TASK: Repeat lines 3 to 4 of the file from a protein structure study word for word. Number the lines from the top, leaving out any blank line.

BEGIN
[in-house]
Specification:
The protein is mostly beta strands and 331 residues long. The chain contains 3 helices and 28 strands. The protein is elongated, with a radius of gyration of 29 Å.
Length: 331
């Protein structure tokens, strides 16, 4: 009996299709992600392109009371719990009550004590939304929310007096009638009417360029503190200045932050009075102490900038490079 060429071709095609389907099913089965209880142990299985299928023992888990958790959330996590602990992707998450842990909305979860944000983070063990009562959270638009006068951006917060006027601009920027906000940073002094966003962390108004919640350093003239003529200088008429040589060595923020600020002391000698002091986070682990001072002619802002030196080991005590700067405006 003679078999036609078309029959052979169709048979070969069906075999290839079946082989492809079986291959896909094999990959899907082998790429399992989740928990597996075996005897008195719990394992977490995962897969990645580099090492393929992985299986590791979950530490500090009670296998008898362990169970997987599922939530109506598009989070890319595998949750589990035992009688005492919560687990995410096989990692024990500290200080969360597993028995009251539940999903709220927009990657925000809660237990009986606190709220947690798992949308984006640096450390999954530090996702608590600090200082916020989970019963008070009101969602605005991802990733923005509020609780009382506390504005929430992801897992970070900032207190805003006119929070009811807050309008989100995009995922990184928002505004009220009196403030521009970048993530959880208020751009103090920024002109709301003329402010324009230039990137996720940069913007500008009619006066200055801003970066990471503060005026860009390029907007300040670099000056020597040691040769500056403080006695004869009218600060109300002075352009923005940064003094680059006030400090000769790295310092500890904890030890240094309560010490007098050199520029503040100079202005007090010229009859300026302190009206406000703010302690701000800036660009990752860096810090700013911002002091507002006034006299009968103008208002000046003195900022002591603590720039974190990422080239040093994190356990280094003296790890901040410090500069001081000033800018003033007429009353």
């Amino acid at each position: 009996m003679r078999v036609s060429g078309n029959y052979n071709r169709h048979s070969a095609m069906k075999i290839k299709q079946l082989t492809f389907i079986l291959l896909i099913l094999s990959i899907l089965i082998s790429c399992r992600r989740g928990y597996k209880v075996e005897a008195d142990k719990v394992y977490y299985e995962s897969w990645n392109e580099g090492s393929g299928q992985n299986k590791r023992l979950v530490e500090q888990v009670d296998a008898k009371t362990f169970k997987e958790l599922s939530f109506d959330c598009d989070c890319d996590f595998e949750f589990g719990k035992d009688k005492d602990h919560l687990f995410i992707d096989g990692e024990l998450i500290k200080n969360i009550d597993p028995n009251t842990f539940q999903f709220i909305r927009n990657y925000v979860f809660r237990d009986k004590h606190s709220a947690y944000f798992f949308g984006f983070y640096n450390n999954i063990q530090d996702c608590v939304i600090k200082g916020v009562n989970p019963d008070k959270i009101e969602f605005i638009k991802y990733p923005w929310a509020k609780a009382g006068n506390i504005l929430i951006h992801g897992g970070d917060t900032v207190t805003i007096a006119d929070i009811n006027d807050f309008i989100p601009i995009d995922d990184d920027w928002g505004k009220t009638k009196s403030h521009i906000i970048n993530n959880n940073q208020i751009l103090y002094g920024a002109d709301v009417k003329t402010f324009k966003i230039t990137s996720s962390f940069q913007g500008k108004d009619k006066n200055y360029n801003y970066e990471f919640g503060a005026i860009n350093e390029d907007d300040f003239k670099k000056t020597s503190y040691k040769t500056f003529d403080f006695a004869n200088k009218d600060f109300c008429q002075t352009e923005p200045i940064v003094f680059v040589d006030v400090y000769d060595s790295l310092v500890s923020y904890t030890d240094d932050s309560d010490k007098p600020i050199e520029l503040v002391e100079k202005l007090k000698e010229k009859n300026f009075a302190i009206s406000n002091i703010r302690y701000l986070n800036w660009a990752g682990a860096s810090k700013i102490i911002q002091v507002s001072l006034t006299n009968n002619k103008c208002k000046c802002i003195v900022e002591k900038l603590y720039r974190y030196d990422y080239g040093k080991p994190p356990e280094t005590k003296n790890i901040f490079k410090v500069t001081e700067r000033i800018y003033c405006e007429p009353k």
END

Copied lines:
The protein is mostly beta strands and 331 residues long. The chain contains 3 helices and 28 strands. The protein is elongated, with a radius of gyration of 29 Å.
Length: 331